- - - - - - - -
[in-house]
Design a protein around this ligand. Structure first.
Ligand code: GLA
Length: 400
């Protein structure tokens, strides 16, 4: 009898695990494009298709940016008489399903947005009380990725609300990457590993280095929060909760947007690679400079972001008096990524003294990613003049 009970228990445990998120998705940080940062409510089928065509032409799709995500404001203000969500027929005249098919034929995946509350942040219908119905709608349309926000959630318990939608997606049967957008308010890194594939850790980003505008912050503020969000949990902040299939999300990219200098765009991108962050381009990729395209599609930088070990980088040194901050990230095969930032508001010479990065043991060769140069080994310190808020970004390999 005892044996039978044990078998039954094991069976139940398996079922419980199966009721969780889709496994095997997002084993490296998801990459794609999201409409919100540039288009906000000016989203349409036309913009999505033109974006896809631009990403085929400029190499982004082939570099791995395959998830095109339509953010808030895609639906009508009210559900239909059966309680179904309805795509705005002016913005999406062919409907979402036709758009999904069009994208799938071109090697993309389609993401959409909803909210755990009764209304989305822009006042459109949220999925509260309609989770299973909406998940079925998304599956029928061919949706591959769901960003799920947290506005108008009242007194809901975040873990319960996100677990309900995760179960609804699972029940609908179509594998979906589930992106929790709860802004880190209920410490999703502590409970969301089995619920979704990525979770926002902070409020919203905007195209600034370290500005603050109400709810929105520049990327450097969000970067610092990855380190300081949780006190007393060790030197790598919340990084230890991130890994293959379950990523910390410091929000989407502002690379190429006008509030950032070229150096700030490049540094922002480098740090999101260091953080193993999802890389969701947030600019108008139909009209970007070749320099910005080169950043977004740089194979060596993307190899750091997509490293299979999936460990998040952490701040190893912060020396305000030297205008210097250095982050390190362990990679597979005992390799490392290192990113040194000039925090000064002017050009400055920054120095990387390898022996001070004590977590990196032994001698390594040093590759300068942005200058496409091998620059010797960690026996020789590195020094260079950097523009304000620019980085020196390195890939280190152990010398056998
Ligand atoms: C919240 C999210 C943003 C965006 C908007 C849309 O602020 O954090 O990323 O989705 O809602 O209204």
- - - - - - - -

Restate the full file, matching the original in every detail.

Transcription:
[in-house]
Design a protein around this ligand. Structure first.
Ligand code: GLA
Length: 400
């Protein structure tokens, strides 16, 4: 009898695990494009298709940016008489399903947005009380990725609300990457590993280095929060909760947007690679400079972001008096990524003294990613003049 009970228990445990998120998705940080940062409510089928065509032409799709995500404001203000969500027929005249098919034929995946509350942040219908119905709608349309926000959630318990939608997606049967957008308010890194594939850790980003505008912050503020969000949990902040299939999300990219200098765009991108962050381009990729395209599609930088070990980088040194901050990230095969930032508001010479990065043991060769140069080994310190808020970004390999 005892044996039978044990078998039954094991069976139940398996079922419980199966009721969780889709496994095997997002084993490296998801990459794609999201409409919100540039288009906000000016989203349409036309913009999505033109974006896809631009990403085929400029190499982004082939570099791995395959998830095109339509953010808030895609639906009508009210559900239909059966309680179904309805795509705005002016913005999406062919409907979402036709758009999904069009994208799938071109090697993309389609993401959409909803909210755990009764209304989305822009006042459109949220999925509260309609989770299973909406998940079925998304599956029928061919949706591959769901960003799920947290506005108008009242007194809901975040873990319960996100677990309900995760179960609804699972029940609908179509594998979906589930992106929790709860802004880190209920410490999703502590409970969301089995619920979704990525979770926002902070409020919203905007195209600034370290500005603050109400709810929105520049990327450097969000970067610092990855380190300081949780006190007393060790030197790598919340990084230890991130890994293959379950990523910390410091929000989407502002690379190429006008509030950032070229150096700030490049540094922002480098740090999101260091953080193993999802890389969701947030600019108008139909009209970007070749320099910005080169950043977004740089194979060596993307190899750091997509490293299979999936460990998040952490701040190893912060020396305000030297205008210097250095982050390190362990990679597979005992390799490392290192990113040194000039925090000064002017050009400055920054120095990387390898022996001070004590977590990196032994001698390594040093590759300068942005200058496409091998620059010797960690026996020789590195020094260079950097523009304000620019980085020196390195890939280190152990010398056998
Ligand atoms: C919240 C999210 C943003 C965006 C908007 C849309 O602020 O954090 O990323 O989705 O809602 O209204």